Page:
For the first time, the United States has officially disclosed plans to develop counterattack measures against foreign nations' cyberattacks. General Keith Alexander, chief of the military's Cyber Command and the NSA, told Congress yesterday the military is training 13 teams of programmers and computer experts to carry out offensive attacks.
As disclosures to Congress go, this is about as ass-kicking as you can get:
"I would like to be clear that this team, this defend-the-nation team, is not a defensive team," Gen. Keith Alexander, who runs both the National Security Agency and the new Cyber Command, told the House Armed Services Committee. "This is an offensive team that the Defense Department would use to defend the nation if it were attacked in cyberspace. Thirteen of the teams that we're creating are for that mission alone."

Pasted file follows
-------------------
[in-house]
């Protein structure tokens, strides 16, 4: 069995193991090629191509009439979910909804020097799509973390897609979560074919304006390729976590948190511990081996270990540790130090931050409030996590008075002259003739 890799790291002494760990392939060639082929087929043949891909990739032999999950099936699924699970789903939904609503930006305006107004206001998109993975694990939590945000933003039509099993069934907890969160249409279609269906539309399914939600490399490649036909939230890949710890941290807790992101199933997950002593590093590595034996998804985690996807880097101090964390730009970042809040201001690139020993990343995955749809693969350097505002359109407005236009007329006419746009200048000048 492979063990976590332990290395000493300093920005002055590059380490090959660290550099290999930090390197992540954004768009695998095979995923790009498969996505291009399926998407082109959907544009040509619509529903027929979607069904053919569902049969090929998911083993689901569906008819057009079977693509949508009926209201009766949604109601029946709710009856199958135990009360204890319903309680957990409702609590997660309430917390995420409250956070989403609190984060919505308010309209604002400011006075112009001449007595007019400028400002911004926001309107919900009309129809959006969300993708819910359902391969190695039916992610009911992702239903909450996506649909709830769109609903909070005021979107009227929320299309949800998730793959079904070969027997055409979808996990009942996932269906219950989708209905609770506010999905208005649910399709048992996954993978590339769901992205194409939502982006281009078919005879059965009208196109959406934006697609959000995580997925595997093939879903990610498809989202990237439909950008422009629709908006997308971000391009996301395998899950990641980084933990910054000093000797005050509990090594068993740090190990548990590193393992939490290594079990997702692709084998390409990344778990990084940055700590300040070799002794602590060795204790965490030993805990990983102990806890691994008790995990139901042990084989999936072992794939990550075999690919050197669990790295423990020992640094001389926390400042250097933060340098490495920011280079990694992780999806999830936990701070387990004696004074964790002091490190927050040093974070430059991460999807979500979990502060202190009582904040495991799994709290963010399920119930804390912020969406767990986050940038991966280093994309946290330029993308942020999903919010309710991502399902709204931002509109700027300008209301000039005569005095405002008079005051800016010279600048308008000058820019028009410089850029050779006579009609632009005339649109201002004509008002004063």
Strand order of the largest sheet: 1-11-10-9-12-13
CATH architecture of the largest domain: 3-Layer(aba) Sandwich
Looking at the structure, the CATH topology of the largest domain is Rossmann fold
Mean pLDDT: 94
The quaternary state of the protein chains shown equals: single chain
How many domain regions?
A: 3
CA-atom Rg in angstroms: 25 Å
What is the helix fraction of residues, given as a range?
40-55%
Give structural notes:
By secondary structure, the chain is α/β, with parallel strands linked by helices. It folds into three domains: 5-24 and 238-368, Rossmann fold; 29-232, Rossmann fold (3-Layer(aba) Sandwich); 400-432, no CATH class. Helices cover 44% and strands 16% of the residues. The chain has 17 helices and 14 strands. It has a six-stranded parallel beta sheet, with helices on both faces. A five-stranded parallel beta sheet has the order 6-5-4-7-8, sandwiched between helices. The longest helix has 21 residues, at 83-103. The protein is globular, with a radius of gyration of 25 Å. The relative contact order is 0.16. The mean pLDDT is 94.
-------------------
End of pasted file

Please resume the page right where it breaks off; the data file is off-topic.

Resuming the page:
There will be an additional 27 teams that will be focused on surveillance and training. These defensive teams will "monitor incoming traffic to the United States through private 'Internet service providers'". That sounds ominous, and there will obviously be a lot of back and forth about what can be done legally, and what is actually being done. But cyberattacks like Stuxnet and Shady Rat are evidence enough that the government needs to take very seriously.